Briefly Noted

    Too Much Paper? Shred It!

    With identity theft on the rise, some advisers recommend that individuals consider the purchase of a personal home shredder to dispose of personal financial documents that are no longer needed.

    Which documents are important enough to keep and which should be destroyed? Legend Financial Advisors, a fee-only advisory firm based in Pittsburgh, provides a quick rundown:

    Shred Store
  • Pre-approved credit offers
  • Charge receipts
  • Credit applications
  • Insurance forms
  • Past bank statements
  • Expired charge cards
  • Brokerage statements
  • College financial aid (until 10 years after loan repaid)
  • Credit report (until new one arrives)
  • Employee benefits
  • Insurance policies/invoices (until a year after replacing policy)
  • Property tax assessment (until new one arrives)
  • Real estate deeds (until 10 years after property sold)
  • Retirement plan benefits
  • Stock/bond certifications (until security is sold)
  • Trusts (until new one signed)
  • Wills (until new one signed)
  • Source: Legend Financial Advisors.

    Where Employees Invest Their 401(k)s

    How do employees invest their 401(k) plan assets? According to a recent survey by the Profit-Sharing Council of America, large-company 401(k) plan assets were invested as follows:

    Balanced stock/bond fund 9.5%
    Actively managed bonds 5.8%
    Domestic bond index 1.5%
    Cash 7.9%
    Company stock 7.1%
    U.S. stocks (active) 27.9%
    U.S. stocks (indexed) 10.3%
    International stocks (active) 4.0%
    International stocks (indexed) 0.4%
    Lifestyle/lifestage funds 3.8%
    Real estate fund 0.2%
    Self-directed broker 1.7%
    Self-directed mutual fund 0.8%
    Stable value 15.8%
    Other 3.3%

    Source: The Profit Sharing/401(k) Council of America 2002 Survey.

    Series HH Bond Offerings End August 31

    The Bureau of the Public Debt recently announced that Series HH Savings Bonds would no longer be offered to the public after August 31, 2004. HH Bonds issued through August 2004 will continue to earn interest until they reach final maturity 20 years after issue. HH bonds, issued since 1980, are available in exchange for Series E or EE bonds. HH bonds are current-income securities that pay interest semiannually.

    After the HH offering is withdrawn, holders of eligible E or EE bonds may choose to invest the proceeds of maturing issues in marketable Treasury bills or notes at auction, or new Series EE or I savings bonds. For more information, go to the Savings Bonds section at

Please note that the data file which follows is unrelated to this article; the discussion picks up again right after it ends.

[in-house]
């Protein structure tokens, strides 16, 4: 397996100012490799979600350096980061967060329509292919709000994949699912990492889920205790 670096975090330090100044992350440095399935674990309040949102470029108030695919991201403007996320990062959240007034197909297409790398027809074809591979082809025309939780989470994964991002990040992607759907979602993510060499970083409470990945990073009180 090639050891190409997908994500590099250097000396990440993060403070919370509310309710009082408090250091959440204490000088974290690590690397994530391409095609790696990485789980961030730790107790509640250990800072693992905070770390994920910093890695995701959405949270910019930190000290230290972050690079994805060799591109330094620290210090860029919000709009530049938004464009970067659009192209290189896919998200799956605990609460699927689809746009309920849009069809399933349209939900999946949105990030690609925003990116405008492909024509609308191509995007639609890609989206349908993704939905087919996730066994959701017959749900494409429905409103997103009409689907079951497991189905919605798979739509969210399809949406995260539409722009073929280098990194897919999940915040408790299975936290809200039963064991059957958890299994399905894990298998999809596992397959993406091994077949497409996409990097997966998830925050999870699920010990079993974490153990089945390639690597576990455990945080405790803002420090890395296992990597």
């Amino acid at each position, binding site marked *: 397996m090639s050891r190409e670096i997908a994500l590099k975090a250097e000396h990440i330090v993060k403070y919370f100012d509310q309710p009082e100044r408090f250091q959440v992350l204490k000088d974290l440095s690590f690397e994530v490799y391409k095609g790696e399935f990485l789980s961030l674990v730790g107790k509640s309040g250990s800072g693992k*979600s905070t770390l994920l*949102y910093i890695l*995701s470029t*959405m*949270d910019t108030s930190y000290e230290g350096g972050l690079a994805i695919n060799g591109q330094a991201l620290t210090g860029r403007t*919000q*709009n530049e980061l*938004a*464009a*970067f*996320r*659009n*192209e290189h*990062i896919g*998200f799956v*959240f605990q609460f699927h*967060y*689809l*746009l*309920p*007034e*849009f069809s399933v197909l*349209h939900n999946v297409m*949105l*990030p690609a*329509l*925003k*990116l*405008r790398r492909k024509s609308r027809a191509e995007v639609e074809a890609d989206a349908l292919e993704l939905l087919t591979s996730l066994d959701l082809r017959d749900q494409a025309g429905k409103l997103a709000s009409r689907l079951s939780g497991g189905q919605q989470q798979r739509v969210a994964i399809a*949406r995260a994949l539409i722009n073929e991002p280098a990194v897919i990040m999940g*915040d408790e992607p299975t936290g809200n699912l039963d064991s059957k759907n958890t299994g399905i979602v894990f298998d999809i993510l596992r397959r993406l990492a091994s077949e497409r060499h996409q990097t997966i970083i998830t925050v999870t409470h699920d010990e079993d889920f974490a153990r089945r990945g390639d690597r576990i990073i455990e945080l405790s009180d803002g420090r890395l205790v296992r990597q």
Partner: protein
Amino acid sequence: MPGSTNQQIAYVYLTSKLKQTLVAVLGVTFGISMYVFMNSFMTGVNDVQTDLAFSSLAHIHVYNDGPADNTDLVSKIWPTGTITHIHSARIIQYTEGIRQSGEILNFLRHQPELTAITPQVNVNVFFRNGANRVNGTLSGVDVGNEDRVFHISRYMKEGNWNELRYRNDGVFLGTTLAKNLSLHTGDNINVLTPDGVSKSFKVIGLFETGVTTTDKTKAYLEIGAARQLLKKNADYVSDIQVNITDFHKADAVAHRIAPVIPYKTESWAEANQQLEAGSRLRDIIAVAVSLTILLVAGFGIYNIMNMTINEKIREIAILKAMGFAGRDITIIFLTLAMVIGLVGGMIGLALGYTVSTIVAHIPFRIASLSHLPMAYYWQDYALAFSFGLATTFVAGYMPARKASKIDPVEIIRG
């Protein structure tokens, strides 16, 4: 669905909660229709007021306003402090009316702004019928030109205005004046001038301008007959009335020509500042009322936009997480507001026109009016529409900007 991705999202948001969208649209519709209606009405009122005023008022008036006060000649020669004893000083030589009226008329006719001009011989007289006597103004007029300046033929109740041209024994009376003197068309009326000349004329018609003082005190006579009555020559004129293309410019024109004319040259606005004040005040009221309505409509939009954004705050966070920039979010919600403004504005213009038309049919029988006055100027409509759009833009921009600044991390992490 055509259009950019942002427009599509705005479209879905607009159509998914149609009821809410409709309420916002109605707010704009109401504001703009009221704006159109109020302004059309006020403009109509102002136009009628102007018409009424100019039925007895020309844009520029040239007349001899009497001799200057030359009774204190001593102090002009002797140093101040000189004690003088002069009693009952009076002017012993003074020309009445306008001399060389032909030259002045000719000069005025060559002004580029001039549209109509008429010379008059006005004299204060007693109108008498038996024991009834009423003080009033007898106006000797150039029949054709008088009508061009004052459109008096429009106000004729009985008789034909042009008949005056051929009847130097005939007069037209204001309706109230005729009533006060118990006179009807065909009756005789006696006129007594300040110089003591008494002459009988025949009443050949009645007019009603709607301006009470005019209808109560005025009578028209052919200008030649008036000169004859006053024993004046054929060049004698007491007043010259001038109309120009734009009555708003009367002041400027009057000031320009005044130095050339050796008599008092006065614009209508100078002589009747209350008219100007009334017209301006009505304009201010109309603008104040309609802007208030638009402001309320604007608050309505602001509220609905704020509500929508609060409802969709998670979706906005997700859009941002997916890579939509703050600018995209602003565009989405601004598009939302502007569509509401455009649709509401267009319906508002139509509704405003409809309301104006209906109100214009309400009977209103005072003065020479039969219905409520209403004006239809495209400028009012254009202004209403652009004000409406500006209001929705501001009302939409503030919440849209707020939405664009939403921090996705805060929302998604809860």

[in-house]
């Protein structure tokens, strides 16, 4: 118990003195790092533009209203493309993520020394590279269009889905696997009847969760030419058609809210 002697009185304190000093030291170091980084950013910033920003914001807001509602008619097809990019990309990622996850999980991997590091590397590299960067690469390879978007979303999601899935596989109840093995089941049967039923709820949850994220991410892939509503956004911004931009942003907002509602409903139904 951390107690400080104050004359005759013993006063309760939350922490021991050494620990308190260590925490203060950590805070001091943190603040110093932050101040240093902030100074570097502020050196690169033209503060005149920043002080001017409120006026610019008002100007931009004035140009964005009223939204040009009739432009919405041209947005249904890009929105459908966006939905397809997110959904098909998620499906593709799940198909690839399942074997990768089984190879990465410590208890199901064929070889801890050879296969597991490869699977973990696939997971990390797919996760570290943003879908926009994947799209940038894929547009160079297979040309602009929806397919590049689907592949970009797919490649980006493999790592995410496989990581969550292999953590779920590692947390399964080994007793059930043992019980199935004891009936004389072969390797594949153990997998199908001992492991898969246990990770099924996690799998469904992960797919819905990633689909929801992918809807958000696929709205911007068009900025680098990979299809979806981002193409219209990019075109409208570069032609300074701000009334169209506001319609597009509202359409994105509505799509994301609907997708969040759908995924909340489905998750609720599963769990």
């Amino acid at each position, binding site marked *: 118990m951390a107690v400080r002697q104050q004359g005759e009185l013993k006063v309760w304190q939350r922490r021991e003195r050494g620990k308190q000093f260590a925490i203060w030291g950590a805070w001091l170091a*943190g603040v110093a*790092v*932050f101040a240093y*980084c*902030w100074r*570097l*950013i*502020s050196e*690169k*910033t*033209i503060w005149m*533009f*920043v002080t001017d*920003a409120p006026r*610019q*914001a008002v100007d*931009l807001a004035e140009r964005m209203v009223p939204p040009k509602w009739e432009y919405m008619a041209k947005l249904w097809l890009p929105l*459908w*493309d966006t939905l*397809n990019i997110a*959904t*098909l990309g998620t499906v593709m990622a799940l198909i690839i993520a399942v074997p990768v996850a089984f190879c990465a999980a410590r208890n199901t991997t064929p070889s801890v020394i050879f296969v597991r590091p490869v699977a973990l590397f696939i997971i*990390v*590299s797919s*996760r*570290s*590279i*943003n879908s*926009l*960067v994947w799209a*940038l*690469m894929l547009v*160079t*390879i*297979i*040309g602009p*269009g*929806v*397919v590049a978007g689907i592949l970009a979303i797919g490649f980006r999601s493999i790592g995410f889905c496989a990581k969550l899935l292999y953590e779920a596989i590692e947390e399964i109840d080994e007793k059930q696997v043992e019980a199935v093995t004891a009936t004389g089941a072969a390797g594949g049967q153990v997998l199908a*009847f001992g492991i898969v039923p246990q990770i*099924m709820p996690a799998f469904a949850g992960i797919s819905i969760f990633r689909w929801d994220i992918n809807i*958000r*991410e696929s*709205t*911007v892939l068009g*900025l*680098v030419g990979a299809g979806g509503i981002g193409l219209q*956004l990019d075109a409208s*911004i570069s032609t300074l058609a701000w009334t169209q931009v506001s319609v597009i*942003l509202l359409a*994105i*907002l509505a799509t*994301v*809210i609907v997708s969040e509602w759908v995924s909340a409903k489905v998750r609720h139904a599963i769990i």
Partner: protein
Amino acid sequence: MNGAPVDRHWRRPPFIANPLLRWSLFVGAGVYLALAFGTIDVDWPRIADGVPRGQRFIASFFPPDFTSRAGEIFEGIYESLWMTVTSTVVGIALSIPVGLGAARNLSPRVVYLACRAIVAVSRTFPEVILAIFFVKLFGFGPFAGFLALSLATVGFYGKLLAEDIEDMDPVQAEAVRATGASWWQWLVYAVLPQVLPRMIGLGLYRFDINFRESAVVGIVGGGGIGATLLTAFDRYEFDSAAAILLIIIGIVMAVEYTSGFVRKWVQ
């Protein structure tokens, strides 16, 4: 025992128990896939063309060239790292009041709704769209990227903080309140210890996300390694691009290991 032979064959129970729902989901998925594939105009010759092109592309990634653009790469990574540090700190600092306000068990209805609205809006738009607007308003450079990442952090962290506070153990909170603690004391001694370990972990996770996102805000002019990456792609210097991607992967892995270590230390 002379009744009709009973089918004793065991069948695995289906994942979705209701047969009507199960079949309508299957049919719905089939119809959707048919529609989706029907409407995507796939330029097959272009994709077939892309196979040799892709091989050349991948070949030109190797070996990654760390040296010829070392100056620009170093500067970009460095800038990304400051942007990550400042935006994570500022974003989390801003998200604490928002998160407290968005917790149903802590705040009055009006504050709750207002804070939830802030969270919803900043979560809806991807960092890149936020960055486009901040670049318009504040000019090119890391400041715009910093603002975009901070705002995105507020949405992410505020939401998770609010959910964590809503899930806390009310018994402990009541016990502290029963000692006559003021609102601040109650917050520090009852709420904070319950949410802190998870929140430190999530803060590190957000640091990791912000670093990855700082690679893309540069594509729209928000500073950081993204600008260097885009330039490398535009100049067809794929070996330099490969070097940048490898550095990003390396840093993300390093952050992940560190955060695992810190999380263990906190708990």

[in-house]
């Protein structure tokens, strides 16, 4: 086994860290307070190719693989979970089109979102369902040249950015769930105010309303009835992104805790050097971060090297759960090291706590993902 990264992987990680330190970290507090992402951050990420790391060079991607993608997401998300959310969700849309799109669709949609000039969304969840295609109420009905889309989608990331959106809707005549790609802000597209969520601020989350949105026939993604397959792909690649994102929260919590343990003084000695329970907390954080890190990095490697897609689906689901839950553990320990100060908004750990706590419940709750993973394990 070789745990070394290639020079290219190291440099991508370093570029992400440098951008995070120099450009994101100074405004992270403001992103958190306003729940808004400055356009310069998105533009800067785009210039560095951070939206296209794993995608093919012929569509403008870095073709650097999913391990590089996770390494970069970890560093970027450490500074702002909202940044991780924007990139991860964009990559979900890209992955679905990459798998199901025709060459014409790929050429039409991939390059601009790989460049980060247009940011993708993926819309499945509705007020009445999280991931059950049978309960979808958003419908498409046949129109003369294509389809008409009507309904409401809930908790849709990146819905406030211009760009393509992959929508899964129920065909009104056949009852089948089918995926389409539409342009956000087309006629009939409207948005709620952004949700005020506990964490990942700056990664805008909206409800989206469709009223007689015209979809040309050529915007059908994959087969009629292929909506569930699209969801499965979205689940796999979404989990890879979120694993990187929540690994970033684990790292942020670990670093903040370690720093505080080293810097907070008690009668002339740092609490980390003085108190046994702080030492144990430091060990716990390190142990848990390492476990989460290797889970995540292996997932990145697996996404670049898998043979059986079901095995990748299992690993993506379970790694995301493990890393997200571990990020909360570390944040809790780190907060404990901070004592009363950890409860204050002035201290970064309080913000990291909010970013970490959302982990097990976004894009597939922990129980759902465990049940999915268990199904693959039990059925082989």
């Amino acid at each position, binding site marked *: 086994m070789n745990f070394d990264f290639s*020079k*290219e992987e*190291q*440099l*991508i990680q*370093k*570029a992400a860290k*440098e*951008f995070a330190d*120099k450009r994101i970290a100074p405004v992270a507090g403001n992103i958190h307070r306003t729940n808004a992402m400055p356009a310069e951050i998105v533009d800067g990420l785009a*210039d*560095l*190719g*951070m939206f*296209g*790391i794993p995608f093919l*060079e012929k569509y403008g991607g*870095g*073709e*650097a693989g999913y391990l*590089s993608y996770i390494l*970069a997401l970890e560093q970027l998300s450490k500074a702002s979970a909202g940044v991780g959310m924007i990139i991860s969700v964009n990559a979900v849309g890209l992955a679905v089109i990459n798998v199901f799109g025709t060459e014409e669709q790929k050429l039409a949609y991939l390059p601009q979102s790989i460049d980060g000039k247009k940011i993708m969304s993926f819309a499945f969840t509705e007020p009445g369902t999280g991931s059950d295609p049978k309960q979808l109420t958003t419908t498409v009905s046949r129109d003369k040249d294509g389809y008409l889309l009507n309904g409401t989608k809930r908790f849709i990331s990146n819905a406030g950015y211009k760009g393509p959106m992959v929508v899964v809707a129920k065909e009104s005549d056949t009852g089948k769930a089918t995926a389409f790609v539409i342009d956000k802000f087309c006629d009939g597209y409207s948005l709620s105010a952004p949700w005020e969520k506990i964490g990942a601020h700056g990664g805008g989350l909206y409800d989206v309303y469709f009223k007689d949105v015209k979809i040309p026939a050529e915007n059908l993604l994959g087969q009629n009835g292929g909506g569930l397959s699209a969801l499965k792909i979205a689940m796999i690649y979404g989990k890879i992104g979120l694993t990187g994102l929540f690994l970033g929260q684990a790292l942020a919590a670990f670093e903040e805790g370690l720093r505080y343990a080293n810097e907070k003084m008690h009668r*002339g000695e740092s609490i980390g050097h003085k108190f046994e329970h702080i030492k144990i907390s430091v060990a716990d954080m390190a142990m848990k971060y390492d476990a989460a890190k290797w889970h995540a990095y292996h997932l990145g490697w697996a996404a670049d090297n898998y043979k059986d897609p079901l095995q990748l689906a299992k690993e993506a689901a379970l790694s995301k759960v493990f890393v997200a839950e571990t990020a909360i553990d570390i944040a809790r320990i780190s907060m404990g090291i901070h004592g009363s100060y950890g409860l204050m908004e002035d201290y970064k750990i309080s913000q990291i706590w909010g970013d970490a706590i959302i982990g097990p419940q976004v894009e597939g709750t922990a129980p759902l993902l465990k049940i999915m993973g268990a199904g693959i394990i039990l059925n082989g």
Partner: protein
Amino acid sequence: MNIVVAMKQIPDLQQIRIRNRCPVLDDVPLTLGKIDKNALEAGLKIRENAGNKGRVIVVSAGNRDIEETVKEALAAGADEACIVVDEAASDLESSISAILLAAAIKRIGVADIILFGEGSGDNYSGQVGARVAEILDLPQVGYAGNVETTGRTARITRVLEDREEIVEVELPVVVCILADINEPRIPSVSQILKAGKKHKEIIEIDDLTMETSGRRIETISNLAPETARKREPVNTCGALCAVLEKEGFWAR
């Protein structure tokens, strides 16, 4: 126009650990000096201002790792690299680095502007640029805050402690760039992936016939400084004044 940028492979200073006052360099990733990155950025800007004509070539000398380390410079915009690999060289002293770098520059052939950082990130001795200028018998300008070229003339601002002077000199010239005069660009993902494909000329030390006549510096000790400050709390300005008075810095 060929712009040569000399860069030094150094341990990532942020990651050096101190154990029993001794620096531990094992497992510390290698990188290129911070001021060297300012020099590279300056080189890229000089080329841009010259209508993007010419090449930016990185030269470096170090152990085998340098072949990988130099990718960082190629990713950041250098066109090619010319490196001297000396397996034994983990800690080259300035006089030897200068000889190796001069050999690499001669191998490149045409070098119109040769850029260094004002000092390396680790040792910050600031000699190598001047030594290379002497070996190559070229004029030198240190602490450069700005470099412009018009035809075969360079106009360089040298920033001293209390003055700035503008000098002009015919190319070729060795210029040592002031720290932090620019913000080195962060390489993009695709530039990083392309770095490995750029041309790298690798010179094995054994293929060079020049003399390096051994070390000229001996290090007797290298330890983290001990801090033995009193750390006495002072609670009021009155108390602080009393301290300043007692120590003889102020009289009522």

Source: Bureau of the Public Debt.

    Preventative Medicine: Keep Track of Your Investments

    Whether you trade on your own or use a broker or adviser, it is important to monitor your investments to prevent minor mistakes from turning into major problems. According to the NASD (National Association of Securities Dealers), you can protect yourself by taking the following steps:

    1. Read and keep all documents that you receive from your broker, mutual fund or investment adviser. Check to make sure your confirmations and account statements are accurate.

    2. Keep good notes of communications with your broker or adviser.

    3. Get all confirmations and account statements sent directly to you or, if you can’t look after your own investments, get copies sent to someone you trust so that there is always a pair of independent eyes looking after you.

    4. If you don’t get account statements or confirmations, follow up. If you are not receiving these documents on a regular basis, that could be a sign of trouble.

    5. Ask questions about any information you receive about your investments that you don’t understand. If investments that you did not authorize appear on your confirmations or account statements, contact your broker or adviser at once.

    6. Consider getting on-line access to your account to review your account whenever you want and verify information that you received from your broker or adviser.

    7. Do not make checks or other payments payable to your broker, adviser or another individual for an investment. In most cases, money should only be sent to your brokerage firm, its clearing firm, or another financial institution.

    8. Meet with your broker and visit the firm, if possible.

    9. Conduct independent research on investments recommended by a broker or adviser. Ideally, you should independently verify information by thoroughly reading prospectuses, research reports, offering materials, annual reports (Form 10-K), quarterly reports (Form 10-Q), and other SEC filings (which can be accessed at

    10. Periodically review your portfolio. As part of this review, check the information that is on file at your brokerage firm regarding your accounts, such as new account agreements, margin account agreements, option account agreements, discretionary account agreements, and any correspondence. You have a right to know what is on file about you and the firm’s records must accurately reflect important information about you such as your age, income, net worth, financial status, long-term goals, and investment objectives.

    Source: National Association of Securities Dealers, Inc. (NASD).